An American family in 1939 – Credit: Bettmann Archive/Getty Images

“Strumpet! Strumpet!” – Brave New World by Aldous Huxley

No one does sexism like classic dystopian novels, but Brave New World manages to take it to a whole new level with the treatment of Lenina Crowne. Within the highly stratified class-based society of the novel, Lenina’s societal role is to provide sexual pleasure for the men around her. Her “education” consists, in part, largely of learning how to sterilize herself to prevent unwanted pregnancies so that her body can serve society’s pursuit of pleasure above all else. She echoes the mantra—“everyone belongs to everyone”—and views sex as a physcial experience akin to brushing teeth or taking out the trash. There are no emotions attached, nor is there direct stigma against her or other promiscuous women by Huxley’s dystopian society. Lenina represents the complete Whore, one who is sexually desired, but never emotionally.

The Whore is detached from society, like the Madonna, but she is ostracized and lacks dignity and safety.

When she meets John, the embodiment of “true” humanity who resists the mind-numbing drugs and brainwashing efforts that define Huxley’s dystopia, she is immediately enraptured by how strange he is. John, too, is enraptured, understanding her as the embodiment of the beloved in Shakespeare’s sonnets and the inspiring muse mentioned by ancient poets and philosophers. (John would be the kind of person to write notes app poetry about his crush and post weirdly specific but indirect comments on social media about them). That entrancement, however, quickly turns into disgust and rage the second she tries to sleep with him. Once the image of purity is scrubbed away, John cannot see her as anything but a strumpet. He reacts as if she were filthy, cringing away from her touch like it might corrupt him as well, and ultimately attacks her as a result. The next time John sees her, he loses control of himself and proceeds to brutally flog Lenina in public before ultimately turning his violence against himself for daring to be aroused and tempted.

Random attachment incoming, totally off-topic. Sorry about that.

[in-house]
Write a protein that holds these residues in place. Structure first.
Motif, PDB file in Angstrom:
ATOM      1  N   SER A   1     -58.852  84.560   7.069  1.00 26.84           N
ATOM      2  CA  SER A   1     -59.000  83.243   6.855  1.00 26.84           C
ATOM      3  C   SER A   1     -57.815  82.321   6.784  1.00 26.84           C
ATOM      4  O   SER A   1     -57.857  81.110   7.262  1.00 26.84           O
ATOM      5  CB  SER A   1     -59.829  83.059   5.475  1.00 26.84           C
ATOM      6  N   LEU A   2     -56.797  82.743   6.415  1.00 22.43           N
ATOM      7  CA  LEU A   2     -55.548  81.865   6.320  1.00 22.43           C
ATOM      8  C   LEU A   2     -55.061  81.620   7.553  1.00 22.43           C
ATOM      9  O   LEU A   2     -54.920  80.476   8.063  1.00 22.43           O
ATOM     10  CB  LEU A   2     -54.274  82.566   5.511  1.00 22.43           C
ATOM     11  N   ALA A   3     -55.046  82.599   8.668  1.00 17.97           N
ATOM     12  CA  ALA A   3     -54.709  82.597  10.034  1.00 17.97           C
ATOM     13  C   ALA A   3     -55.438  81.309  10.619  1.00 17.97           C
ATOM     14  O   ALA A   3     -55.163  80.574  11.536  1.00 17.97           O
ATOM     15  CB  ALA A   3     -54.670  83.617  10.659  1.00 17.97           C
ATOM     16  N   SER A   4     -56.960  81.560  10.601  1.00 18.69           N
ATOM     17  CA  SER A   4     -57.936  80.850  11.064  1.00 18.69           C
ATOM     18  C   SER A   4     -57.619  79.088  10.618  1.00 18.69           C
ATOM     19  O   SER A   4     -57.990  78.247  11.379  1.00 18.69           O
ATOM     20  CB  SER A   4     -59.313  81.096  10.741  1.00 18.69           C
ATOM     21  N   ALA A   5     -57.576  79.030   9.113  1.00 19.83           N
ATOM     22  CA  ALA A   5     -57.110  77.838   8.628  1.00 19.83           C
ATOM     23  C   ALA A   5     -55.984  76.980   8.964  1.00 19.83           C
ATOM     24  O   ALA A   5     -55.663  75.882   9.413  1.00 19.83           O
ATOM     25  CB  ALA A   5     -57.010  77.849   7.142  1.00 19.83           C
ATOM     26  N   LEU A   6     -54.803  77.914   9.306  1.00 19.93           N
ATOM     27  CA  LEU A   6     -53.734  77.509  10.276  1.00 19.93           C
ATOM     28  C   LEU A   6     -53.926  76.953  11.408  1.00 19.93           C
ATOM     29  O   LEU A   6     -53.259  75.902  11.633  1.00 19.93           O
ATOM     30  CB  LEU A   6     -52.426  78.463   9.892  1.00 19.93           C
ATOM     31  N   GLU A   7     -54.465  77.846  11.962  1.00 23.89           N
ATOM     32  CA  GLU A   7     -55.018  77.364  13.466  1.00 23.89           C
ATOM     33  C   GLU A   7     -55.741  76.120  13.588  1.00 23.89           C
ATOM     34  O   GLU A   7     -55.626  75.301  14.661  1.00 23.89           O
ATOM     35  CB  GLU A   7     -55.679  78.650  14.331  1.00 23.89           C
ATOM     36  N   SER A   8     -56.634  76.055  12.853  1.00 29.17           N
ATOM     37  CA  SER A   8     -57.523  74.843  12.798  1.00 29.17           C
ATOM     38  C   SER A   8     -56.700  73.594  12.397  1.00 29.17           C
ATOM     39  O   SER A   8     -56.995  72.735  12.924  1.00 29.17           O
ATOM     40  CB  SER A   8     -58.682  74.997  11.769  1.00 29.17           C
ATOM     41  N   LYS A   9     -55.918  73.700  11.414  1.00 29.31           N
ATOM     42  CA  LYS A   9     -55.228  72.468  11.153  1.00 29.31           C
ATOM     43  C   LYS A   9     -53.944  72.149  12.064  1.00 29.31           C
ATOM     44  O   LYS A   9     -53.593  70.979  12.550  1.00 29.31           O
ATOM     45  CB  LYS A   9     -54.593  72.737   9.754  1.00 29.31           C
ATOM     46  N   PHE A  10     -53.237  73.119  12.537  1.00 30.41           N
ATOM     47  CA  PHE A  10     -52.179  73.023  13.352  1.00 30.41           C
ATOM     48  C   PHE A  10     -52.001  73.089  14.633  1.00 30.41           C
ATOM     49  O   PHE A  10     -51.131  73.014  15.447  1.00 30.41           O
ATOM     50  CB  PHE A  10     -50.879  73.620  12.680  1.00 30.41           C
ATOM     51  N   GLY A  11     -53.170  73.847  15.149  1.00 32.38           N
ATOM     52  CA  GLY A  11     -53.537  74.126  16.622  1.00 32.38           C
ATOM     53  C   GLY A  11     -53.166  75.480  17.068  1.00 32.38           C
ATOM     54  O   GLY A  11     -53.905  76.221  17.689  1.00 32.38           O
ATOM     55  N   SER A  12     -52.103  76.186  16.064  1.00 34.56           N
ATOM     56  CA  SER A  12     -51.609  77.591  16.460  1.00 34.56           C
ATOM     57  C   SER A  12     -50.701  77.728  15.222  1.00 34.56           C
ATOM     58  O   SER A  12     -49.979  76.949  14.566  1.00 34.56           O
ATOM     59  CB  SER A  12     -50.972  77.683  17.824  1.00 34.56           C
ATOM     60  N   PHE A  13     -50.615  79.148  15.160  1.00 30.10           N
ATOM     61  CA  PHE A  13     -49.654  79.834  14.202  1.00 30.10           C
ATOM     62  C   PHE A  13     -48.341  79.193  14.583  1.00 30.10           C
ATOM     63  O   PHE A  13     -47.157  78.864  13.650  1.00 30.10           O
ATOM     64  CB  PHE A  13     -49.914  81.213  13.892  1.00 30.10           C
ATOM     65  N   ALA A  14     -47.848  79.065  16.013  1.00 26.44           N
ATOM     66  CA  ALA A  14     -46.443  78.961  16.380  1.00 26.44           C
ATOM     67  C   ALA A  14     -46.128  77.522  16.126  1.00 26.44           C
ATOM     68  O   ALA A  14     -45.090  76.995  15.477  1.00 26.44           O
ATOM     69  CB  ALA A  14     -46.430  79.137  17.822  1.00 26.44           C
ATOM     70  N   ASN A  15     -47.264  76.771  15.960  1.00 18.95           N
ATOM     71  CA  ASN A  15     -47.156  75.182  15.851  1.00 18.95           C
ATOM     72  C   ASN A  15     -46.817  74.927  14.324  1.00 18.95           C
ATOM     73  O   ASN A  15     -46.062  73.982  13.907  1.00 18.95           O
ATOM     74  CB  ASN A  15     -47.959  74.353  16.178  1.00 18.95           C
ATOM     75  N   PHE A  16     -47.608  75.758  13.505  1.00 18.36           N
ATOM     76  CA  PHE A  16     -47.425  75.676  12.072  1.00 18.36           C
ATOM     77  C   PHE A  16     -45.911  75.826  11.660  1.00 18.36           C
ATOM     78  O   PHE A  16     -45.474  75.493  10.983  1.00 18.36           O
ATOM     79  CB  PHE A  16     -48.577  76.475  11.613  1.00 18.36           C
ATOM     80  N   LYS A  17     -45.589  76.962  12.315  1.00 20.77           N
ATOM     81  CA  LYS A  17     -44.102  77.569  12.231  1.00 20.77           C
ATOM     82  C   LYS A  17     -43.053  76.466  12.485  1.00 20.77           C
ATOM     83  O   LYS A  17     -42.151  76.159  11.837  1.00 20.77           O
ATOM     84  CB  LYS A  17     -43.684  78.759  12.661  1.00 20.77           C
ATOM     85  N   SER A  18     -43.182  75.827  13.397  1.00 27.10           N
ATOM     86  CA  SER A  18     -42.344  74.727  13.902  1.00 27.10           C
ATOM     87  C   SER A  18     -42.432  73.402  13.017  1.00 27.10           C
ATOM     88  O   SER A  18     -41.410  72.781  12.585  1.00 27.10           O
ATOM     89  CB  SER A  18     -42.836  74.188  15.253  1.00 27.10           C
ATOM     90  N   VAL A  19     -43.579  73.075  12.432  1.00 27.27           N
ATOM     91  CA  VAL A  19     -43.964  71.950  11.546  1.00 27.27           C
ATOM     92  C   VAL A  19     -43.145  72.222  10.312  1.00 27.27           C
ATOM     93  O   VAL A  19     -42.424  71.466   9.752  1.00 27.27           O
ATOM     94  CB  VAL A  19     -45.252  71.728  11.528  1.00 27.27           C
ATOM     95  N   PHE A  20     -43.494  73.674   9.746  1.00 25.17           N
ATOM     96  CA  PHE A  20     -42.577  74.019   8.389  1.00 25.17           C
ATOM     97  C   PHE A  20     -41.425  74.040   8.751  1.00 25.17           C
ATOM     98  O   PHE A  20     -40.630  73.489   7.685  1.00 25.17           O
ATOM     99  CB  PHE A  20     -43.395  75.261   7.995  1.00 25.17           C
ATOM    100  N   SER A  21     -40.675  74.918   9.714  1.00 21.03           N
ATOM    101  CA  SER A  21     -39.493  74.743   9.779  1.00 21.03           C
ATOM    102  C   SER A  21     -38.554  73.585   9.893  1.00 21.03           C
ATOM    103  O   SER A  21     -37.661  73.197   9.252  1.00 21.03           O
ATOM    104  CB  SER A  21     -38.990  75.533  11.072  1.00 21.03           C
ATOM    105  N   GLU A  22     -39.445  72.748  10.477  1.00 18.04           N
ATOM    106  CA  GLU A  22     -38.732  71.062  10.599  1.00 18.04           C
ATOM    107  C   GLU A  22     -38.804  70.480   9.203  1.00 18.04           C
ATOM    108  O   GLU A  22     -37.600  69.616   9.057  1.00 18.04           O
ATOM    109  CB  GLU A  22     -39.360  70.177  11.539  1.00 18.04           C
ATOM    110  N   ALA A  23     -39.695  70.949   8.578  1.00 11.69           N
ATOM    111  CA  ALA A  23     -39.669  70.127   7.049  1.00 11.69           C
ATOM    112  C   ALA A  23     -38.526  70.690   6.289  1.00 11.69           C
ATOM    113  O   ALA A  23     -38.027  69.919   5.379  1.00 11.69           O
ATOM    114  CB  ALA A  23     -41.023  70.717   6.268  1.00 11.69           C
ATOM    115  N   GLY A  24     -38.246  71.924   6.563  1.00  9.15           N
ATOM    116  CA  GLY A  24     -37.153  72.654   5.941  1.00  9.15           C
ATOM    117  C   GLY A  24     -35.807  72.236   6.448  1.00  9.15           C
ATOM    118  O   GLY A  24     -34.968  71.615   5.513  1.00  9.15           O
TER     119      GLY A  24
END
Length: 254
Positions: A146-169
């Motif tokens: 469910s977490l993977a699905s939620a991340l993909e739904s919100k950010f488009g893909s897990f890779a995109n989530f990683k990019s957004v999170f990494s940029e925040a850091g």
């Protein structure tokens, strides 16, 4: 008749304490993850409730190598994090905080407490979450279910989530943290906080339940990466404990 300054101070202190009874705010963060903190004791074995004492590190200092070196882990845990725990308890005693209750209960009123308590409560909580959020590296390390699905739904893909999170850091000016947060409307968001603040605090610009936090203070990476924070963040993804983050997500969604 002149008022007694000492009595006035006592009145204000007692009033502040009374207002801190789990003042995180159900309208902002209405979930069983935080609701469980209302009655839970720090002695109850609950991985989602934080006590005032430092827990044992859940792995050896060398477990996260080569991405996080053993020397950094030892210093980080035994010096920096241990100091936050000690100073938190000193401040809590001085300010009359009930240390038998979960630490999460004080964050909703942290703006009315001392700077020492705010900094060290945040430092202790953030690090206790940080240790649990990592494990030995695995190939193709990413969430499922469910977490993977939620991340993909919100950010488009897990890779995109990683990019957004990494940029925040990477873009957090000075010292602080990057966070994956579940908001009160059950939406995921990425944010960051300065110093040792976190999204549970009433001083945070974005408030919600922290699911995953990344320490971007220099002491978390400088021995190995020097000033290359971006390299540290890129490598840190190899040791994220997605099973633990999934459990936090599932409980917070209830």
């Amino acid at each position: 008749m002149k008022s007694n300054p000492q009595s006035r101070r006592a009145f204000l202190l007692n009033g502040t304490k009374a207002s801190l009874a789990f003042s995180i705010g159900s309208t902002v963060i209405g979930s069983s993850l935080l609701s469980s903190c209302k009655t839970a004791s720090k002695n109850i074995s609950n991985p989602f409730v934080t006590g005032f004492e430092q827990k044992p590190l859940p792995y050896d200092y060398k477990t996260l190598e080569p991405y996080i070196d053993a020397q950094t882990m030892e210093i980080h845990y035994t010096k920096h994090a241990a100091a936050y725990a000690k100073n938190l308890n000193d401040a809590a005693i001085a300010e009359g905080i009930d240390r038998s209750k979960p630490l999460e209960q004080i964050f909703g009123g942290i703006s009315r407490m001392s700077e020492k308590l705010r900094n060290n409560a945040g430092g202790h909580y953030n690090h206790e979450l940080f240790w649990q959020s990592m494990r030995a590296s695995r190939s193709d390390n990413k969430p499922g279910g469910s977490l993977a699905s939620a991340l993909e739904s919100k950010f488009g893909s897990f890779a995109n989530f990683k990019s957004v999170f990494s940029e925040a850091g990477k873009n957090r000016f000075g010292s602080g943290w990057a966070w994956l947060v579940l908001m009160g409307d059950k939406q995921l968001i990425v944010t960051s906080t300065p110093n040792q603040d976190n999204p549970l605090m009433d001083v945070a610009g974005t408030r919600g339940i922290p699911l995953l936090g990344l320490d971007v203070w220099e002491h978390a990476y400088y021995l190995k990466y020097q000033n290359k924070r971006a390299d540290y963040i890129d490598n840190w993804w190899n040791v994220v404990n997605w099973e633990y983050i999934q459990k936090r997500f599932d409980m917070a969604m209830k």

At this final stop on the continuum, Whore with a capital W, women are once again untouchable. This time, however, it’s not because they’re viewed as superior and heavenly. The Whore is untouchable because she is depraved, and any who touch her bring shame and disgust upon themselves. The Whore is detached from society, like the Madonna, but she is ostracized and lacks dignity and safety. She is subject to beatings, assault, death and debasement because she is no longer worthy of admiration. All the while, men will still pursue her as a sexual object. She will still be stared at and touched and her assailants will (for the most part) go unpunished. For her, there is no winning, only a game of survival.

“It’s kind of a double-edged sword, isn’t it?…Well, if you say you haven’t, you’re a prude. If you say you have, you’re a slut. It’s a trap.– Allison Reynolds, The Breakfast Club

If both the Madonna and the Whore are viewed as unhuman, be that superhuman or subhuman, then there really is no winning for women under the Madonna-Whore Complex. Being maternal, nurturing and “pure” means cutting off parts of your humanity so that men may place you on a pedestal and then refuse to ever let you down. If you go the other way and choose to openly pursue your desires, to have any hint of a sex drive, or even think about telling a man you’re attracted to him (consent is scary to men I guess), then you may as well sign off any hope for respect or affection. Perfect or worthless, kind or hot, capable of doing no wrong or not worth pursuing. There is no nuance; women are forced into these dichotomies and quickly defined by their relation to the figures of Madonna and Whore. Meanwhile, trying to find a way out and exhibiting traits of both just means being a reverse Hannah Montana and getting the worst of both worlds.

The solution, then, is to just stop caring. Women should express their desires as well as their reservations to whatever extent they please regardless of whether or not they will be labeled the Madonna or the Whore. Through this refusal, the game shifts back towards men and makes them responsible for overcoming their inability to simultaneously respect and be attracted to women. Redefining one’s own terms of womanhood reestablishes the human aspect of women both inside and outside literature.

Posted by:hothouselitjournal

Leave a Reply

Fill in your details below or click an icon to log in:

WordPress.com Logo

You are commenting using your WordPress.com account. Log Out /  Change )

Google photo

You are commenting using your Google account. Log Out /  Change )

Twitter picture

You are commenting using your Twitter account. Log Out /  Change )

Facebook photo

You are commenting using your Facebook account. Log Out /  Change )

Connecting to %s